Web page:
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Does the time to administration of lidocaine-propofol admixtures affect induction times?. CDR Gregory G. Nezat, PhD, CRNA Naval Medical Center Portsmouth Professional Military Education Directorate And Department of Anesthesia. Disclaimer.
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Does the time to administration of lidocaine-propofol admixtures affect induction times? CDR Gregory G. Nezat, PhD, CRNA Naval Medical Center Portsmouth Professional Military Education Directorate And Department of Anesthesia
Disclaimer The views expressed in this article are those of the author(s) and do not reflect the official policy or position of the Department of the Navy, Department of Defense, or the United States Government.
Introduction • Propofol is the most commonly used induction agent in the United States • Induction agents are medications which induce loss of consciousness within 30-45 seconds
Hypothesis The addition of lidocaine to propofol will increase induction times.
Methods of Induction • The standard induction • Induction agent ==> confirmation of induction ==> muscle relaxant • The rapid sequence induction • Induction agent ==> muscle relaxant
Clinical Practice • Intravenous Propofol causes pain and burning upon administration • Propofol and Lidocaine commonly mixed • 10:1 ratio usually reduces burning/pain • Impacts the chemical formulation of propofol
Untoward Chemical Interaction • Propofol is a substituted isoprophylphenol • Only slightly soluble in water • Formulated as an oil-in-water emulsion • Emulsion composed of soybean oil, glycerol, and egg lecithin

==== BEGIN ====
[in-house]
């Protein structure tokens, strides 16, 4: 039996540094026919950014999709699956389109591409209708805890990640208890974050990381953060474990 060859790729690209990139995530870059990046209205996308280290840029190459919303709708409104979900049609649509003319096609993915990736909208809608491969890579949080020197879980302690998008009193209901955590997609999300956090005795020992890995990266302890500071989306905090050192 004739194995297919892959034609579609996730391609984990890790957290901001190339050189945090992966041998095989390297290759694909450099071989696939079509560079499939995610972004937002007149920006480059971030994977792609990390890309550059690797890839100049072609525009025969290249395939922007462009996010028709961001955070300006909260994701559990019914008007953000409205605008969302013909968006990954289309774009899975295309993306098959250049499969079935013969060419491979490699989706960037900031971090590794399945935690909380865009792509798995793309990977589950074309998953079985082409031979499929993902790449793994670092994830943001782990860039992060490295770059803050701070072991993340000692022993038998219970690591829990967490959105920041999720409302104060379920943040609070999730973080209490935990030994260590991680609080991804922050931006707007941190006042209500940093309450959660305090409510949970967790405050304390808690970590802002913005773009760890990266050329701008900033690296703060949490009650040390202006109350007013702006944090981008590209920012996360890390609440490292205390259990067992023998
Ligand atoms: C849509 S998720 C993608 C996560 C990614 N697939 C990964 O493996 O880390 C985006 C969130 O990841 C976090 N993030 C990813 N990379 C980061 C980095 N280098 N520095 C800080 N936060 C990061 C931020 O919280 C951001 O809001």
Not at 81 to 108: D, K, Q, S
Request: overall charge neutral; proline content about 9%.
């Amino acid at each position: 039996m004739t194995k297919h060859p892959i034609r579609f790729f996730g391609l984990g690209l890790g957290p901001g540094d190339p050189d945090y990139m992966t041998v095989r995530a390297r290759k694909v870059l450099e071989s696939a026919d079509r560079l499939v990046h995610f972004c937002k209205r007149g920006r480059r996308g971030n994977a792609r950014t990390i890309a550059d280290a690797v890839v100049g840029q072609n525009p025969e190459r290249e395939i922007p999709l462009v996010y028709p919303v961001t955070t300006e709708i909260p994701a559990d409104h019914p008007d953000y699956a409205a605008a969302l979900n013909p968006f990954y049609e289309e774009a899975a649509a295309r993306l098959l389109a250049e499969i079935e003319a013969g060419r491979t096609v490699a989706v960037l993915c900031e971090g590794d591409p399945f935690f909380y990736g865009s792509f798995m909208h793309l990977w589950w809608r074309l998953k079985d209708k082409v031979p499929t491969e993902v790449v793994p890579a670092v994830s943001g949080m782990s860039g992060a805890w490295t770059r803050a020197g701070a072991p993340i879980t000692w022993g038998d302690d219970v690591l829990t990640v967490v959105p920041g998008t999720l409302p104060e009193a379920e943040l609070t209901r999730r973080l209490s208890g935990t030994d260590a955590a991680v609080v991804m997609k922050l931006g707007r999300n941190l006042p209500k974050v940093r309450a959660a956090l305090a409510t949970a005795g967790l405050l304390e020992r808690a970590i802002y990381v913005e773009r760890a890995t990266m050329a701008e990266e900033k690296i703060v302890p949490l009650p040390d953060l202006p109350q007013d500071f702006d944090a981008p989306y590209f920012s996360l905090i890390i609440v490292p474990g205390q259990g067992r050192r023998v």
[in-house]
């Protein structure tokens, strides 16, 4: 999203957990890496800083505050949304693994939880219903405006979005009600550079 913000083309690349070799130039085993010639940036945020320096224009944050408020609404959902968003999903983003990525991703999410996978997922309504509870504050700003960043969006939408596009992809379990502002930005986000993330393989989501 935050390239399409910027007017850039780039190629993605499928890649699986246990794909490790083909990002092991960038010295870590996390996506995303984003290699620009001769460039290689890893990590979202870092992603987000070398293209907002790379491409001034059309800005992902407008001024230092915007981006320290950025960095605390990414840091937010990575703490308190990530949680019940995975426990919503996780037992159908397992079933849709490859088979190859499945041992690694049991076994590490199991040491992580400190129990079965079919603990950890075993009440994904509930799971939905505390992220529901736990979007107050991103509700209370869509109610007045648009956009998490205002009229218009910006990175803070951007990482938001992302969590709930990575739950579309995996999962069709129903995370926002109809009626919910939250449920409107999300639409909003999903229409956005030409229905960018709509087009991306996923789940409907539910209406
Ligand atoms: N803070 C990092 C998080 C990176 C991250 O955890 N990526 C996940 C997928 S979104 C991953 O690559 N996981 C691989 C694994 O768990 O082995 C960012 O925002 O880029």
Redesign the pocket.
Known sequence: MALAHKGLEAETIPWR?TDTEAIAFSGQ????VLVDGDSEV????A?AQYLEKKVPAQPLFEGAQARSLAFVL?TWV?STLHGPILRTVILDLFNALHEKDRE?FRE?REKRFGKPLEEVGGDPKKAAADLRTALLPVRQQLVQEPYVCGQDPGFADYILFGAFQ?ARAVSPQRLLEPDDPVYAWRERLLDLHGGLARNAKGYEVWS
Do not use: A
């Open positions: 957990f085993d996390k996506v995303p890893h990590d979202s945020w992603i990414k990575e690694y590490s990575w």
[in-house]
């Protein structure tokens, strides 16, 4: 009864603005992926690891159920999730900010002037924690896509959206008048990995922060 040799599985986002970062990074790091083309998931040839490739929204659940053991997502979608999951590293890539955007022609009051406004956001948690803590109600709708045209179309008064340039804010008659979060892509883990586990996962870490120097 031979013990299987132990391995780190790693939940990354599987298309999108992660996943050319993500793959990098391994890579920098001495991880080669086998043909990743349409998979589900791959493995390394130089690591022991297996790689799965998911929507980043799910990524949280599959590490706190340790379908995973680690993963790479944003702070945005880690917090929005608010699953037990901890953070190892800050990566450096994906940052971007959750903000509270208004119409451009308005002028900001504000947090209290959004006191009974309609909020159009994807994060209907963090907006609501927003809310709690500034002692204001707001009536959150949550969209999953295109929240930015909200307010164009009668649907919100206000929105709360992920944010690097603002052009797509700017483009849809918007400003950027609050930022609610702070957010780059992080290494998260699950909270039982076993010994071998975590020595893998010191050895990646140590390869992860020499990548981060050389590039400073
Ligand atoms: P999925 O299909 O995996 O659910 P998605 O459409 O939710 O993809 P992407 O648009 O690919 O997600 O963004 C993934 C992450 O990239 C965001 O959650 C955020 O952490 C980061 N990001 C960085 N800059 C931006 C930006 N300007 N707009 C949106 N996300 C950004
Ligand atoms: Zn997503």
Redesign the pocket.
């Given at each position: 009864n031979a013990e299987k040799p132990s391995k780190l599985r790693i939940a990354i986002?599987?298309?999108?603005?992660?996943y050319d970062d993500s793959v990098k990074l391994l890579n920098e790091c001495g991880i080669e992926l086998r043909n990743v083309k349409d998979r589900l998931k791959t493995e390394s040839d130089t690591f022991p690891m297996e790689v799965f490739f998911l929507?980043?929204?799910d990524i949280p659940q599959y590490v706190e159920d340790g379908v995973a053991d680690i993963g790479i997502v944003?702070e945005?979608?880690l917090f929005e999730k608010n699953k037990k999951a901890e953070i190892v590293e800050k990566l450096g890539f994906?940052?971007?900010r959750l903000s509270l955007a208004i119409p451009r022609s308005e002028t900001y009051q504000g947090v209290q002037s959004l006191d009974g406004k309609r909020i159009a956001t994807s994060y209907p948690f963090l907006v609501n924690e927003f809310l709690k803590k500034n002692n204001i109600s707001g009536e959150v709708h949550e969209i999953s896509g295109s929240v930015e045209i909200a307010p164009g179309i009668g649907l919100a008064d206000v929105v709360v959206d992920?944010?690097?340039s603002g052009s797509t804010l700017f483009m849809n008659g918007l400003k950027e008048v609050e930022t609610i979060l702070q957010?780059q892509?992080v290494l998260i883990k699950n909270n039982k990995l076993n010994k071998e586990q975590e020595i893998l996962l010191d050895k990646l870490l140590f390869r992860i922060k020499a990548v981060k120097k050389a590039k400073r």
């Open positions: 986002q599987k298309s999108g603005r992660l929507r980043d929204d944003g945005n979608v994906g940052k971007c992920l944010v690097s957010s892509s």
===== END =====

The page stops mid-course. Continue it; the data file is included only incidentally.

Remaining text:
Laboratory Research • Adding lidocaine to propofol decreases the zeta potential (electrostatic repulsive forces) within the emulsion • Increases droplet size within emulsion in a linear fashion over time
Clinical Implication • Possible clinical effect—prolongation of induction of general anesthesia • Allow the muscle relaxant to work prior to the induction • Predispose patients to recall or awareness during intubation
Research Question • Does induction time increase in patients administered a lidocaine-propofol admixture when prepared >60 minutes before induction?
Methods • Experimental, prospective, randomized study • Subjects were randomly assigned to the control group or the experimental group • Control - propofol 2mg/kg plus 0.2-mg/kg lidocaine formulated 10 minutes prior to administration • Experimental group received the same formulation prepared approximately 110 minutes before induction
Methods • Inclusion Criteria • Convenience sample • Physical status I or II (generally healthy) • Male or female • Scheduled for surgery under GA • Ages 18-60 • Exclusion criteria • -Pregnancy • -Risk of aspiration of gastric contents and/or GERD • -Suspected or known difficult airway • -Presence of central nervous system disease • -Significant cardiac or liver dysfunction • -Morbid obesity (body mass index >30kg/m2)
Methods • Subject held fluid-filled syringe between index finger and thumb of dominant hand • Admixture administered via rapid IV bolus • Timer started as admixture given • Timing ended with the syringe drop
Results • A total of 116 subjects were included in final analysis • No significant differences in demographic variables or other measured variables • Statistically significant difference noted in time to syringe drop (p < .001)
Clinical Implications • The 14 second difference may be clinically significant during rapid sequence induction in trauma cases • Patient may have partial or full muscle relaxation, but not be completely unconscious possibly leading to awareness under anesthesia
Recommendations • Consider not mixing lidocaine with propofol when dealing with trauma patients • Consider administering IV lidocaine prior to propofol • If they are mixed, consider administering them soon after mixing (<10min)
Does the time to administration of lidocaine-propofol admixtures affect induction times?
Does the time to administration of lidocaine-propofol admixtures affect induction times? Yes